A workplace program aimed at reducing work-family conflict increased the amount of time participants spent with their children, according to a small study.

A year into the program at a U.S. Fortune 500 company, people taking part reported averaging 39 more minutes a day with their kids. Workers who didn’t participate were spending less time with their kids after a year.

“It’s pretty exciting to see how you can change work and see an effect on family life without the detriment to work,” said Kelly Davis from Pennsylvania State University in University Park, the study’s lead author.

The research is part of the Work, Family and Health Study, designed to increase the amount of control employees have over their schedules and supportive behavior on the part of supervisors, Davis and colleagues write in Pediatrics.

The researchers expected that those changes in workplace culture would result in people spending more time with their kids.

The workplace program known as STAR (Support-Transform-Achieve-Results) was mainly implemented over four months through six training sessions for managers and four sessions for employees. The sessions attempted to change the culture of the workplace to focus on results – not where and when work is done.

Managers tracked their own supportive behaviors on an electronic device, and employees responded to phone surveys for eight nights in a row at the beginning of the study and again 12 months later.

The researchers compared reports from 36 employees who did not take part in the program to 57 who did. All the participants had children between nine and 17 years old at the start of the study, and half were girls.

After 12 months, the parents in the program reported an average of 39 more minutes of time with their children each day, compared to when they started.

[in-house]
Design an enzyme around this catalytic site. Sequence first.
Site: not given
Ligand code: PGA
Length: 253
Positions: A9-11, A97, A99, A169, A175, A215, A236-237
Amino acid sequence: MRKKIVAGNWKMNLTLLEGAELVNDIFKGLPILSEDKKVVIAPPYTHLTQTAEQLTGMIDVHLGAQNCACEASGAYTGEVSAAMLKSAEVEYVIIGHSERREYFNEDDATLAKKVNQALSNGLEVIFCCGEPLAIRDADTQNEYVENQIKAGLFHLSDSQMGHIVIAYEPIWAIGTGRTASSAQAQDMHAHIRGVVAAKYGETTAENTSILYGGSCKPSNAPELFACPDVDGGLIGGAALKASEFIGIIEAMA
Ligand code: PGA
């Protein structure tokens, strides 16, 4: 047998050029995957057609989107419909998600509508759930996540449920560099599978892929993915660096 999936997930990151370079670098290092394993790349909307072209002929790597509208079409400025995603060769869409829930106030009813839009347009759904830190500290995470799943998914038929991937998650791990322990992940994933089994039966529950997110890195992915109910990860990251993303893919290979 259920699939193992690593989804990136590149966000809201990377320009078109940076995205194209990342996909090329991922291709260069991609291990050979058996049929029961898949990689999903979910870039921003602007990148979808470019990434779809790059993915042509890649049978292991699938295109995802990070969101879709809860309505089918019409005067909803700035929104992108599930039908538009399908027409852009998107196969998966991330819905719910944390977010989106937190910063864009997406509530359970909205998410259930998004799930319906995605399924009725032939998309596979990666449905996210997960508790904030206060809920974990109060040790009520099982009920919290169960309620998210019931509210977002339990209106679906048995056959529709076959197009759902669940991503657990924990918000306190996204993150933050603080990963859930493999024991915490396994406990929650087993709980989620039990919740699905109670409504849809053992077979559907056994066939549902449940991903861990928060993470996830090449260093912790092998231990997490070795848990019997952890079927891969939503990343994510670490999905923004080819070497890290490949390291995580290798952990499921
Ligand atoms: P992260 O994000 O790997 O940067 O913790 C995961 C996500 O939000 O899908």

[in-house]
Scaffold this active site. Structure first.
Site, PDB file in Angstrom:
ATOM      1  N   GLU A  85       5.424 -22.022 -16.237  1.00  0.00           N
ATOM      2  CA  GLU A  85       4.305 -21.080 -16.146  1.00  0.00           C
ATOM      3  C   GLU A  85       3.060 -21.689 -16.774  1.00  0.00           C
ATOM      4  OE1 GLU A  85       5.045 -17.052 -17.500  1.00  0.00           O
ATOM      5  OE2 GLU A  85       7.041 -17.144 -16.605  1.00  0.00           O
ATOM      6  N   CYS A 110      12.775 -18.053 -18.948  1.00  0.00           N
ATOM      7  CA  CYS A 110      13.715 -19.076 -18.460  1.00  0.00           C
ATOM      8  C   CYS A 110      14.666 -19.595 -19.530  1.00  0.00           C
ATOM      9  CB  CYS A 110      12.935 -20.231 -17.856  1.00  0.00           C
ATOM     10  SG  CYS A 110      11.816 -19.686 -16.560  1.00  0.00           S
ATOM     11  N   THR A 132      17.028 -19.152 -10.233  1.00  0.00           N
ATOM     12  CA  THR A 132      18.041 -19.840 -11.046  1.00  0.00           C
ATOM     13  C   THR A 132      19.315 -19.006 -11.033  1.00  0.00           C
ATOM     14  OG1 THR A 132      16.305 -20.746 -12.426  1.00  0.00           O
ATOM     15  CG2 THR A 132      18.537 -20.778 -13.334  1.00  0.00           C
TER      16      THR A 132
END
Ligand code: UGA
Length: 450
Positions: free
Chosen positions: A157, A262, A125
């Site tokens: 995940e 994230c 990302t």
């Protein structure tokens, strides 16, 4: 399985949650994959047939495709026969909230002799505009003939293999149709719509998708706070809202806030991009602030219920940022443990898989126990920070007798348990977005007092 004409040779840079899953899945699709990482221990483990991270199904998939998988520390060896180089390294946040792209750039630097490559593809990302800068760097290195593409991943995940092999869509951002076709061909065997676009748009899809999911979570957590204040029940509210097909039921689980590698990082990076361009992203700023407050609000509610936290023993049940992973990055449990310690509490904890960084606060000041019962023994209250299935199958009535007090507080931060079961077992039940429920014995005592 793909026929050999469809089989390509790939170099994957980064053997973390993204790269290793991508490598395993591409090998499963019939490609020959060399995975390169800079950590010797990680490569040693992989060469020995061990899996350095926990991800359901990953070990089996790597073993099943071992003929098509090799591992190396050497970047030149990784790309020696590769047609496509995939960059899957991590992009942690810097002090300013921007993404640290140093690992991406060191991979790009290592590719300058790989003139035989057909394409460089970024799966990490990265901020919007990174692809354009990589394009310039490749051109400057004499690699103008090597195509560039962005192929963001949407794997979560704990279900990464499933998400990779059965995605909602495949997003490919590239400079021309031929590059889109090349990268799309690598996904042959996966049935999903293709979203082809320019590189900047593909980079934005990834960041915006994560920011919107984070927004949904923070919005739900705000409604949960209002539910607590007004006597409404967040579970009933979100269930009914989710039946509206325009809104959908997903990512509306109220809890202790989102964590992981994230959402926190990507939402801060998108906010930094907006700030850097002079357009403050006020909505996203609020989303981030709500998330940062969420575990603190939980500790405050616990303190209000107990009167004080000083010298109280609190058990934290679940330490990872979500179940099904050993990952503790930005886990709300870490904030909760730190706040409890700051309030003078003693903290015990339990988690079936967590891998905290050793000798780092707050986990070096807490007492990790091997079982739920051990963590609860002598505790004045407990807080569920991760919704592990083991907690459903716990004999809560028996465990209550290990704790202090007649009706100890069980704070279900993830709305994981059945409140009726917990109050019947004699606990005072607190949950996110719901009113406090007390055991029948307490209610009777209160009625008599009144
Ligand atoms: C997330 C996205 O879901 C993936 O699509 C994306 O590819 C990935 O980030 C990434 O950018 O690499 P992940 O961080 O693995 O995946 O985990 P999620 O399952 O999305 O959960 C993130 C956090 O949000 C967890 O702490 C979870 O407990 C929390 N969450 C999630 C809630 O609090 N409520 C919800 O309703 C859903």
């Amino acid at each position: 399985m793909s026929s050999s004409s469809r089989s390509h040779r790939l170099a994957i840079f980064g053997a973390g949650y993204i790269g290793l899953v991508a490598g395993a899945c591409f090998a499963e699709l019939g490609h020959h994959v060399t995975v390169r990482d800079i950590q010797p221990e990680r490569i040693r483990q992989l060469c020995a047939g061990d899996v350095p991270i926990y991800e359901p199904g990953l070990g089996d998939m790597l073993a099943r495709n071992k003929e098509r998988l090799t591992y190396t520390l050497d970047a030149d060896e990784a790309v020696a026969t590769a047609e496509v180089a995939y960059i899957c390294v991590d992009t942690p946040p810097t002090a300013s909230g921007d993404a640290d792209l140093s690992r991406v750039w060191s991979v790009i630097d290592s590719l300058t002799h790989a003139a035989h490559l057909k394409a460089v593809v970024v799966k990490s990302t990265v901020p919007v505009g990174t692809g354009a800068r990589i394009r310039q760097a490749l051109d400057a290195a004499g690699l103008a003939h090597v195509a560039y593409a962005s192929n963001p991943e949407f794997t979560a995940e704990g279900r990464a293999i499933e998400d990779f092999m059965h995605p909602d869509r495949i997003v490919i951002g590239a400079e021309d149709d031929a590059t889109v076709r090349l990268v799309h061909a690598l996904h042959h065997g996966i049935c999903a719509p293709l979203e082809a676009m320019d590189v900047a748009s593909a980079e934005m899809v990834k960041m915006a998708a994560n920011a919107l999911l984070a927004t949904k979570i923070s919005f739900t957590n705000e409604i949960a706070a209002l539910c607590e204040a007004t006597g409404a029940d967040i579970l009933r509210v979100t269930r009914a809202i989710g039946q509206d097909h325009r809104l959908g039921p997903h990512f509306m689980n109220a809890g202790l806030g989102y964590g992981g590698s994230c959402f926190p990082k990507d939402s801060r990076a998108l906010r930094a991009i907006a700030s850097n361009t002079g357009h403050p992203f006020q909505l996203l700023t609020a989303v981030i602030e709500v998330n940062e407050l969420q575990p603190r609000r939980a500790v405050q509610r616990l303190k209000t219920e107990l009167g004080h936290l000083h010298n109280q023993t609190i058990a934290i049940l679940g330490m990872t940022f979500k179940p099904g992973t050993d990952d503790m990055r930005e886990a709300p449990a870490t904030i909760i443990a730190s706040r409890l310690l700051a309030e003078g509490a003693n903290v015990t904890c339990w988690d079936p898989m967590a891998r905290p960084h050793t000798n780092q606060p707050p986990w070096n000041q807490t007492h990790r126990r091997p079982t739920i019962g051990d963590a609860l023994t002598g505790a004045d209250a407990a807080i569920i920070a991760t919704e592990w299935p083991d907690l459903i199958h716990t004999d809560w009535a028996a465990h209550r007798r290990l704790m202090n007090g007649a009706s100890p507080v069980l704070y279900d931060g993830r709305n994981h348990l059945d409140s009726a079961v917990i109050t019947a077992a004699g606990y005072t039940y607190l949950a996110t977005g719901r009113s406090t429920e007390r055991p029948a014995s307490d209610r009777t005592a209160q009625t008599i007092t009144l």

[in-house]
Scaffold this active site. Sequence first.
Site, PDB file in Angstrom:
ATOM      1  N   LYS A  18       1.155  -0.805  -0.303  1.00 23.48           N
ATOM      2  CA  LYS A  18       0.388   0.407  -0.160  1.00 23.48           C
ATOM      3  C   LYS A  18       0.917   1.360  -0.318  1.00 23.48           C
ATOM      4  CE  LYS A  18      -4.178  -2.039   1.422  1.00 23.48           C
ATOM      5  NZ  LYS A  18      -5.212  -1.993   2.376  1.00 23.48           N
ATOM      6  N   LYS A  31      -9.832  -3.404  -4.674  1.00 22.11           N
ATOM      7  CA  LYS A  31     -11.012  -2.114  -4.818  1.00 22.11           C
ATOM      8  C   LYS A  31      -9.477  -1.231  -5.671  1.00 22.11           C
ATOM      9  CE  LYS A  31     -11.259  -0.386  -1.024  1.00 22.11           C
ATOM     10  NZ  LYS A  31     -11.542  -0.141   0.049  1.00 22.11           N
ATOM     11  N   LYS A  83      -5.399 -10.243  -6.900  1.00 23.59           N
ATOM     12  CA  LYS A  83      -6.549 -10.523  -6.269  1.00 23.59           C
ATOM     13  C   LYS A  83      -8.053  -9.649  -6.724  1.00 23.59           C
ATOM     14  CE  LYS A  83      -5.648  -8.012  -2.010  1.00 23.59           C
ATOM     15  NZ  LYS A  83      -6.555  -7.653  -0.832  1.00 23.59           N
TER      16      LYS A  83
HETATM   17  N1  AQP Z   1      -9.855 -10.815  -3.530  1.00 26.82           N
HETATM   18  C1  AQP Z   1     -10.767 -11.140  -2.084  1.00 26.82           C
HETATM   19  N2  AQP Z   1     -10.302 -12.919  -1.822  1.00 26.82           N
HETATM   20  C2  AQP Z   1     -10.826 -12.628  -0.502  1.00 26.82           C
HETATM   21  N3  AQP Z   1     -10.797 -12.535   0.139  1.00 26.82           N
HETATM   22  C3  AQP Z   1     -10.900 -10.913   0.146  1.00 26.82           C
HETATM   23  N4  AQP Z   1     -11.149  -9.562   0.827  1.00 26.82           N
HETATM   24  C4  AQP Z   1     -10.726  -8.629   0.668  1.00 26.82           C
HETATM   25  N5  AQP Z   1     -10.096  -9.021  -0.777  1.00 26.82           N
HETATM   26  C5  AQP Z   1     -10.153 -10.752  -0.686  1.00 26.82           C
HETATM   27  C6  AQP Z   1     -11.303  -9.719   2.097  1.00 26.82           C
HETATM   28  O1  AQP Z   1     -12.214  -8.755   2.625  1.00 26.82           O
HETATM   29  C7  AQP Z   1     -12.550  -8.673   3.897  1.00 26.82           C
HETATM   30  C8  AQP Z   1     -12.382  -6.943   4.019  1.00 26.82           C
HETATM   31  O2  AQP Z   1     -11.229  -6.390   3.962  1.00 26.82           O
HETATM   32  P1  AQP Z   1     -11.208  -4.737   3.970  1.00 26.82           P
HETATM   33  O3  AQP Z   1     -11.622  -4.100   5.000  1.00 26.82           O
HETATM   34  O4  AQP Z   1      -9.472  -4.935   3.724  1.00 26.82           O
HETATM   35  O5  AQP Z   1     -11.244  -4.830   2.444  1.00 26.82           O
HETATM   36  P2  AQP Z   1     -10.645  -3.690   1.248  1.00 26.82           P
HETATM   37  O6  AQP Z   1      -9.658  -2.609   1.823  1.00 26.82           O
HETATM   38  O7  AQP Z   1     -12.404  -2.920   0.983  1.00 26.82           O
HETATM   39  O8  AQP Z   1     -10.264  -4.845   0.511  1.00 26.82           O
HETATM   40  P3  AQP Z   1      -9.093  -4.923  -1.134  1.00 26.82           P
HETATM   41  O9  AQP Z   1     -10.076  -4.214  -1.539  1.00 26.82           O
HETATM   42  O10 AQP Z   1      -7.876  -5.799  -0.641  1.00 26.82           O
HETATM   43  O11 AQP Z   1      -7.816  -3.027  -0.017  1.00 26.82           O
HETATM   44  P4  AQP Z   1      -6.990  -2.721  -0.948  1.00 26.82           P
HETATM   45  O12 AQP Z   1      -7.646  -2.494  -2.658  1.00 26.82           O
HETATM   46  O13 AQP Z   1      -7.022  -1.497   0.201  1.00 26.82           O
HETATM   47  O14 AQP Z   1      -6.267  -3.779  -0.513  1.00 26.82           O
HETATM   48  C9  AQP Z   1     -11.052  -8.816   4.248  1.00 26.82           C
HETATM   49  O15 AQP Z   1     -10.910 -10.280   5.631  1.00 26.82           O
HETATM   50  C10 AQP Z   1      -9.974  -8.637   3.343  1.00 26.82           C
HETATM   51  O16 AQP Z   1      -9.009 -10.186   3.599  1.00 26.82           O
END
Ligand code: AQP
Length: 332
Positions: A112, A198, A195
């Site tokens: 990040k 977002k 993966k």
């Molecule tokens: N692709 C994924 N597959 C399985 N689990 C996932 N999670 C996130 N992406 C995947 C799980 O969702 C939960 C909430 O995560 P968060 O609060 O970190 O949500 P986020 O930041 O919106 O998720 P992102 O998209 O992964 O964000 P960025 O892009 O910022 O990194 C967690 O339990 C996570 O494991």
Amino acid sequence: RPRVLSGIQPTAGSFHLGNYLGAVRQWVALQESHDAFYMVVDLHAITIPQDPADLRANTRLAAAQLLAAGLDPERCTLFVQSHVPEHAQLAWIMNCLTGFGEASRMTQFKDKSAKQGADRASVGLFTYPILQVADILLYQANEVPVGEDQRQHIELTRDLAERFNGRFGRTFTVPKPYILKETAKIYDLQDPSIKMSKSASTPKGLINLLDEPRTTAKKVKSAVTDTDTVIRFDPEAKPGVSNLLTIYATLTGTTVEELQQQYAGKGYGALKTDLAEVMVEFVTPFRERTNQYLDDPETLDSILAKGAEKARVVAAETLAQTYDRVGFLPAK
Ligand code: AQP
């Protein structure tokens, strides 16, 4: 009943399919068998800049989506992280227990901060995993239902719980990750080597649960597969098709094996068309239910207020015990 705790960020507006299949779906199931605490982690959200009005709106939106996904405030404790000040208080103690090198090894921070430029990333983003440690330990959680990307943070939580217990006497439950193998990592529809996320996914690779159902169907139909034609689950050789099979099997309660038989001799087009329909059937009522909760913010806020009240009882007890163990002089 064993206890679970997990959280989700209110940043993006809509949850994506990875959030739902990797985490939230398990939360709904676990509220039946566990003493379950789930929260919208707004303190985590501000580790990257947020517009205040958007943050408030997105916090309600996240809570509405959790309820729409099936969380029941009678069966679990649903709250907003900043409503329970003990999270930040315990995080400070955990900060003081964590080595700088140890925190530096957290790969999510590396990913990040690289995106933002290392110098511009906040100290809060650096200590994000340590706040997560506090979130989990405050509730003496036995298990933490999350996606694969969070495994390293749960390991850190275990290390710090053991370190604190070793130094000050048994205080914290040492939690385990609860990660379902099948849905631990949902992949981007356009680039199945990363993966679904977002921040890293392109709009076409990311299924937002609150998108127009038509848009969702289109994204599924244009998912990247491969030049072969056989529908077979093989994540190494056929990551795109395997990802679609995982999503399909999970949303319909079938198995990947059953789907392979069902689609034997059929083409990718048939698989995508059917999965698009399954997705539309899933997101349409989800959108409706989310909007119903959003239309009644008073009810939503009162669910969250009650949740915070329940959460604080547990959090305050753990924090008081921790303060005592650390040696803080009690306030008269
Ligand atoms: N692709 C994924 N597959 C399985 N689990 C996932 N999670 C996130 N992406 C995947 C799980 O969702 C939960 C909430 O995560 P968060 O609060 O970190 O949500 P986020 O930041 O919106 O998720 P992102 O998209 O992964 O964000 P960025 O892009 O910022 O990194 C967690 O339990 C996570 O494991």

The increase was almost entirely among mothers, who by the end of the year had added up to an hour of time with their children every day.

“That could be another dinner together or something like that,” Davis said.

On the other hand, women who didn’t take part in the study ended up spending up to 70 minutes less with their kids by the end of the study, compared to when they started.

Overall, people who weren't in the program spent about 24 fewer minutes with their kids, on average, compared to the start of the study.

The researchers note that as older kids and teenagers grow and become more independent, a certain decline in time spent with parents is normal. They speculate that might be a reason for decreases seen among employees not participating in the program.

They also point out that participating employees did not work fewer hours per week during the program than they had at the start, with both men and women averaging a little over 46 work hours each week throughout.

Davis said the researchers don’t know if the added time between mothers and children ended up being quality time, “but we’d hope by increasing the quantity of time the quality will increase as well.”

The message is that improved schedule control and support from work supervisors can improve family life, she said, adding that other research shows a better family life makes a person more productive and satisfied at work.

“Why wouldn’t you want to do it?” Davis asked.

She noted that toolkits are available online for organizations that are interested in implementing the program in their workplaces. Those can be found at the Work, Family and Health Network website here: bit.ly/1JDZqxA.